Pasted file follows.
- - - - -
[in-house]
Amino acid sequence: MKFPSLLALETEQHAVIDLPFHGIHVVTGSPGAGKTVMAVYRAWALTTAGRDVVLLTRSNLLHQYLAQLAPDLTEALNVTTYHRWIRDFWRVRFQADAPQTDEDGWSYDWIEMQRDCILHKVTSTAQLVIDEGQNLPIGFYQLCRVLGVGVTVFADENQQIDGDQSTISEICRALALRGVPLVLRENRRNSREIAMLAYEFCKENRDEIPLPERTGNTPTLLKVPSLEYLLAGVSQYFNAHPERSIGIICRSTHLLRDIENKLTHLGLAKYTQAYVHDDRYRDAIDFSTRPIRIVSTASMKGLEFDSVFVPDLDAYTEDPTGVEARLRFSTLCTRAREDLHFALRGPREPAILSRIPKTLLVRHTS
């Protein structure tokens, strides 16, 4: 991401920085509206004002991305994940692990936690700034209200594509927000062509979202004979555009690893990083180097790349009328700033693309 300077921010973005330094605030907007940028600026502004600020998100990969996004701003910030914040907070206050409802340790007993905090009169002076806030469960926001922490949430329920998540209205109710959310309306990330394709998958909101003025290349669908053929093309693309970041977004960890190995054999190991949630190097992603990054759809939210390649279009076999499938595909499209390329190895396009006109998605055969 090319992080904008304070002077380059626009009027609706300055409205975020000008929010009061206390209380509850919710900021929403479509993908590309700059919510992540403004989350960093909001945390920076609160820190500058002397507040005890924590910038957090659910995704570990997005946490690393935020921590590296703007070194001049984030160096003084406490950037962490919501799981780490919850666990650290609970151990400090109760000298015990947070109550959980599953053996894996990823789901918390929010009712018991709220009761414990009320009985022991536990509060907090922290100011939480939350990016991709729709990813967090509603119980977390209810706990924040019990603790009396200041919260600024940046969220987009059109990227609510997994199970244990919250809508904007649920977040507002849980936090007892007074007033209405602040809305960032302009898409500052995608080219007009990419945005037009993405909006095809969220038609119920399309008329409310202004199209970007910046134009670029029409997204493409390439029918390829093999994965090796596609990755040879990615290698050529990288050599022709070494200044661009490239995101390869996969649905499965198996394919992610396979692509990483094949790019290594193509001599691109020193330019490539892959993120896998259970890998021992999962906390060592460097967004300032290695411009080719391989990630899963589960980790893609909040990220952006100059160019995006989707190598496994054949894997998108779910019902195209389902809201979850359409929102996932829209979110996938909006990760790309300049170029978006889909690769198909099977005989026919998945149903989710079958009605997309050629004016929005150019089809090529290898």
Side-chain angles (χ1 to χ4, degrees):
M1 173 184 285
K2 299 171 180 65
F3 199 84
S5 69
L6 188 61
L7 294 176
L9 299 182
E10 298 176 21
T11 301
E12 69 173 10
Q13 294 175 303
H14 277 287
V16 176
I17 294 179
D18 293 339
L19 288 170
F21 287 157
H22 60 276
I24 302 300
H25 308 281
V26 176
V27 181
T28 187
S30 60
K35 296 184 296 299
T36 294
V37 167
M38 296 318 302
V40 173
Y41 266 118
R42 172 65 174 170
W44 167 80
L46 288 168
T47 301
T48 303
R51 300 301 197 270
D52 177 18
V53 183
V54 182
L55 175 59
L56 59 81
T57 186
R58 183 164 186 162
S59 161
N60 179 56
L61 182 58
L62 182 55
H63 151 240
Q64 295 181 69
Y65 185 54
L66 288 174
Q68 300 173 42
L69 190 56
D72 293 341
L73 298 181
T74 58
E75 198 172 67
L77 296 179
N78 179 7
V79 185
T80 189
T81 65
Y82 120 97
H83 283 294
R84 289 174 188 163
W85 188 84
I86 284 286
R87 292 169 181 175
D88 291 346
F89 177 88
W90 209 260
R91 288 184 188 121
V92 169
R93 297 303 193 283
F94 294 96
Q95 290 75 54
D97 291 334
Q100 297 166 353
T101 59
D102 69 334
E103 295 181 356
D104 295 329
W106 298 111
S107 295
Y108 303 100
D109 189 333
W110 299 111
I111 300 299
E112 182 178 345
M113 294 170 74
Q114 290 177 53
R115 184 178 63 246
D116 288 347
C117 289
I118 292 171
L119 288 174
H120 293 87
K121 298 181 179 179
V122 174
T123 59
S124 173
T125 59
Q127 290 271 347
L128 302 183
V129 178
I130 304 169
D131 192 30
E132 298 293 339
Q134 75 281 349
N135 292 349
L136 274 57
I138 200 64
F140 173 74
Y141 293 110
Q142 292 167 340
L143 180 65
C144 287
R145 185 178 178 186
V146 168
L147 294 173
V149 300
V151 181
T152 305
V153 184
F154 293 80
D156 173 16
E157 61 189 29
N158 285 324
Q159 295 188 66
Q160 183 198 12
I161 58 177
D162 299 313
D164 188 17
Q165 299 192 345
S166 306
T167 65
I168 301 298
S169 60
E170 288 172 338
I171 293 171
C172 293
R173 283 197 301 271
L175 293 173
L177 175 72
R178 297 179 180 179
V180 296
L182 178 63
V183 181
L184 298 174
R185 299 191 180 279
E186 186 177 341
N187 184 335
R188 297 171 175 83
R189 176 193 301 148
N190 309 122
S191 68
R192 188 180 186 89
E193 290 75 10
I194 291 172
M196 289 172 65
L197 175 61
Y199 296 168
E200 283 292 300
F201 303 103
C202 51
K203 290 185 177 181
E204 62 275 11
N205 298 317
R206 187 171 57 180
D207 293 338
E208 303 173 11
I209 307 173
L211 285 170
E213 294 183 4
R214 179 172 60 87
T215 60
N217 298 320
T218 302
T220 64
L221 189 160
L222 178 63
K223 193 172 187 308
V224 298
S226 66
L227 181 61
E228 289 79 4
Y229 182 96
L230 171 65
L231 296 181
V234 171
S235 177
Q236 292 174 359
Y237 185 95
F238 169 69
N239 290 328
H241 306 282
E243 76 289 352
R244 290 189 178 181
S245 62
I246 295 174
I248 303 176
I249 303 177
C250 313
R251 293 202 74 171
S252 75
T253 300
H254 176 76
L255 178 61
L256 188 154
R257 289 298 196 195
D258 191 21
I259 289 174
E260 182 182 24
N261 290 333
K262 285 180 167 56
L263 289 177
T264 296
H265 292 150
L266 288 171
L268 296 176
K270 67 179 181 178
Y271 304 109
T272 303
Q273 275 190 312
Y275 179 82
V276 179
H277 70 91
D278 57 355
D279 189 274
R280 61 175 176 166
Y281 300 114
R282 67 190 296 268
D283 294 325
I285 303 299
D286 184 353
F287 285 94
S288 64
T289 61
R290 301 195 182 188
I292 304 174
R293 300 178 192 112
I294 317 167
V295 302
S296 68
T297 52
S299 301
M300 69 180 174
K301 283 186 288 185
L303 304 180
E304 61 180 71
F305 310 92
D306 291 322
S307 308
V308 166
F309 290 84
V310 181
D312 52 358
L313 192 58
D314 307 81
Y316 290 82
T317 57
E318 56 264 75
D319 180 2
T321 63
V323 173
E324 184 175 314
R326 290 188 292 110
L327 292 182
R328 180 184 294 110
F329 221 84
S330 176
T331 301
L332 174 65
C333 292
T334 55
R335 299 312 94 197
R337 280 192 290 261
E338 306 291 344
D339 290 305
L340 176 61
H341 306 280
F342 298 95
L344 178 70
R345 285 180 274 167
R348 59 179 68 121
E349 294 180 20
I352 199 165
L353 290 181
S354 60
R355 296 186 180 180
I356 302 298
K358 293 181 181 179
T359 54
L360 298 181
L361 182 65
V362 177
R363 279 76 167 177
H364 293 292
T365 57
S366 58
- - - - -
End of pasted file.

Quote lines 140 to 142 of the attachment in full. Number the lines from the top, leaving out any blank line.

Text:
T167 65
I168 301 298
S169 60